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Does Public Speaking Make You Nervous? Here Are 10 Secrets to Help You Pull It Off Like a Pro.

I went from a reluctant first-time speaker to an experienced, confident one, and you can too.

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I started my public-speaking career as a nervous introvert with absolutely no prior experience. My first live presentation was on a Disney Cruise ship in a theater that held 800 guests (and one panic-stricken presenter). I vividly recall trying to convince other crew members to push me down the steps because I was sure that if I had a broken leg or twisted ankle, they couldn't make me do it. In hindsight, I can see how silly that was.

They would definitely have still made me do it.

I honestly remember very little about that first presentation. I seem to have blocked the entire .  But I do remember the overwhelming before I started talking, and the intense relief when I was done.  Clearly, was not a natural talent for me. 

So, that is why you can be sure that when I say that you can overcome your fear and become not just a competent speaker, but an excellent one, no matter who you are, it’s absolutely true. If I can do it, you can definitely do it.

There are some tricks and techniques I learned over the years that made the entire process easier, and less stressful, that you can use to make public speaking an (almost) enjoyable experience.

Related: 10 Tips to Beat Your Fear of Public Speaking

They say that knowledge is power, but I would suggest that knowledge is confidence. Here's what you need to know. 

1. Know your material

The biggest fear hurdle for most people is that they will forget what they were supposed to say. So, write it out, practice it, write it out again in bullet points, practice it, write it out again in even shorter form, practice and repeat. You want to keep doing this until you have just two or three words, per bullet point, that will guide you through your entire presentation.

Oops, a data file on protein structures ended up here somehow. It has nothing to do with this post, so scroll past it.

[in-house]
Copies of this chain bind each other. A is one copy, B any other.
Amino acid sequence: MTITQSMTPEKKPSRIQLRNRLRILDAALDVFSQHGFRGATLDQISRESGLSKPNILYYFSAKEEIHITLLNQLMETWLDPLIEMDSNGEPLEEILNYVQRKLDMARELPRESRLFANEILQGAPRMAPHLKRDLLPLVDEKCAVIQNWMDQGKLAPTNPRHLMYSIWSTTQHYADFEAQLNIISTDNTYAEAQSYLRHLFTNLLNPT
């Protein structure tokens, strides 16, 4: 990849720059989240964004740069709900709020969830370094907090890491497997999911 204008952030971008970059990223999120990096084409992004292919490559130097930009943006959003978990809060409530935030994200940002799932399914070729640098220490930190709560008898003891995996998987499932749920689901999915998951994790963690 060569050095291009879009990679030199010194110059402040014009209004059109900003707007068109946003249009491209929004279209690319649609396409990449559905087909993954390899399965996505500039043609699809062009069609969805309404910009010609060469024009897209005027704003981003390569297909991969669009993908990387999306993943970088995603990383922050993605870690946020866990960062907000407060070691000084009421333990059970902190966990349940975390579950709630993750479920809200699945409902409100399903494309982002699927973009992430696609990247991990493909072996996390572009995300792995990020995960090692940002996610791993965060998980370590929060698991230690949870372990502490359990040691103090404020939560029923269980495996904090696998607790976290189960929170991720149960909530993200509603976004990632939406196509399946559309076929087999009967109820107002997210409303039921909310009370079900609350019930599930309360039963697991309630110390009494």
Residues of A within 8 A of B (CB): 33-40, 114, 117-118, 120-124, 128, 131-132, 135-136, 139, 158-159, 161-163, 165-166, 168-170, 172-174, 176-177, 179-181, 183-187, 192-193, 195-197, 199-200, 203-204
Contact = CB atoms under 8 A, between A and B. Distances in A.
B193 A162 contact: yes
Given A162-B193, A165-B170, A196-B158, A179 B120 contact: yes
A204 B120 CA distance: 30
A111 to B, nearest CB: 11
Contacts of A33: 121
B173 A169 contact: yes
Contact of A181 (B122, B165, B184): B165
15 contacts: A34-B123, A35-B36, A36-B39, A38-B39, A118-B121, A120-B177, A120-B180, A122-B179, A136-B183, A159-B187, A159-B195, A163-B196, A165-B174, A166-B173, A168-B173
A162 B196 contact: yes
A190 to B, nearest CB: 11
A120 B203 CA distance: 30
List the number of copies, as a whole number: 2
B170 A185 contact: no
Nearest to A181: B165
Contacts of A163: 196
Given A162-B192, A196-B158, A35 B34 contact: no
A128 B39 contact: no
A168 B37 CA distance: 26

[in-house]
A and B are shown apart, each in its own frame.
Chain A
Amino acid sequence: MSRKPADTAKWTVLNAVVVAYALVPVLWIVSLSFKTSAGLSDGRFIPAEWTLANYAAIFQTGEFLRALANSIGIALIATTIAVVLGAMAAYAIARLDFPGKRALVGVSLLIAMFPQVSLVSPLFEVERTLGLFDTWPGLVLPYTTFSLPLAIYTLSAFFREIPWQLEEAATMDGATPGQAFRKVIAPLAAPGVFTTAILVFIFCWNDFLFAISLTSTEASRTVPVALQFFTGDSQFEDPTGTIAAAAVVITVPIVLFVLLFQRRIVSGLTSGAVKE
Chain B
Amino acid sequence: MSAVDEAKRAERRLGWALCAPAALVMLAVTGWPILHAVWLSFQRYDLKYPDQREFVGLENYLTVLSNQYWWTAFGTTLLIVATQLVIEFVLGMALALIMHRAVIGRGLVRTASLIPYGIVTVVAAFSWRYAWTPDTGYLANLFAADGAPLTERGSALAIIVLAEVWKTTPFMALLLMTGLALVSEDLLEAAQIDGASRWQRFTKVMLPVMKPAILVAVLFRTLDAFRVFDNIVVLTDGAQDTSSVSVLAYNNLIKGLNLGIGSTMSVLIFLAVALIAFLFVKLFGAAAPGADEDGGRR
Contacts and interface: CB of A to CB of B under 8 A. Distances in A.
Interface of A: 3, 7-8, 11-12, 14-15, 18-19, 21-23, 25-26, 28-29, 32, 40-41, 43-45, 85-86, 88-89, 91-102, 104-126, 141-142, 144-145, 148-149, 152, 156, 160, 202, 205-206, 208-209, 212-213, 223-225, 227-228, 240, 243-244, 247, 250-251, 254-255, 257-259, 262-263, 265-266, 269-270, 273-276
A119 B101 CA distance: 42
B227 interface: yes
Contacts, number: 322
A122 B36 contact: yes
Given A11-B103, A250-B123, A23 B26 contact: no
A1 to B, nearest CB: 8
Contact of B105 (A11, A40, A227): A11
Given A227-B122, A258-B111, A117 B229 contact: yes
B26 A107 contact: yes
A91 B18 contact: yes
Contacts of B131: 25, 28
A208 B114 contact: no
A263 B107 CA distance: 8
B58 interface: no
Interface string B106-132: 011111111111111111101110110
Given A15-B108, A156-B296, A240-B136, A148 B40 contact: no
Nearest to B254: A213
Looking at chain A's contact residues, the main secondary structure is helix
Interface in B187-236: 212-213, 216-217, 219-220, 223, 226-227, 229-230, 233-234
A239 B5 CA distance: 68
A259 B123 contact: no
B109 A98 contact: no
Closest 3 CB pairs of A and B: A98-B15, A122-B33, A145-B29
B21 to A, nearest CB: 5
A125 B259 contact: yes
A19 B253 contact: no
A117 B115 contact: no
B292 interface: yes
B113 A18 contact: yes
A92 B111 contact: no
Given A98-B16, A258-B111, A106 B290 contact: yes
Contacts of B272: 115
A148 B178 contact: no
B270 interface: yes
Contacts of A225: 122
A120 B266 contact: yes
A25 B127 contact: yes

2. Know your venue

The unknown is scary. The more you know, the better prepared you will feel. Find out as much as you can about the venue before the speaking date. Check out pictures of the room, see if there are steps up to the stage or a podium for your notes. It helps you be prepared and take away some of that anxiety. 

3. Know who will introduce you and how

There’s nothing that will throw you off your game faster than having to get up on stage after someone has given the wrong information about you or what you are going to speak about. It can send your entire presentation and your confidence off the rails. So be sure to clarify who will be introducing you and give the person accurate notes about how to introduce what you are talking about and any details to share about you, including how to pronounce your name, if it’s tricky.

4. Know your audience

This one is key to delivering a great presentation. Even if the material you share is basically the same each time, knowing who you are speaking to allows you to add details to help you connect with them and remove any information or references that may not be appropriate for that particular group. It also helps you create a relationship with the crowd, which feeds energy back to you and keeps your performance on point.

5. Visualize your performance

Elite athletes visualize their race or event from start to finish, hundreds of times before a competition.  Walking through the entire routine or event helps them build their confidence, foresee possible issues and convince their mind that when they walk into the real competition, the win is almost guaranteed. After all, as far as their brain knows, they have done it a thousand times before. The same is true for you and your presentation. Imagine yourself walking up on the stage, arranging your notes, taking the microphone and thanking the host and the audience for the warm welcome. Imagine every step of the way from start to finish. Visualize the receptive audience, the applause and the confidence you will have as you speak to the smiling crowd. 

Related: How to Polish Your Public Speaking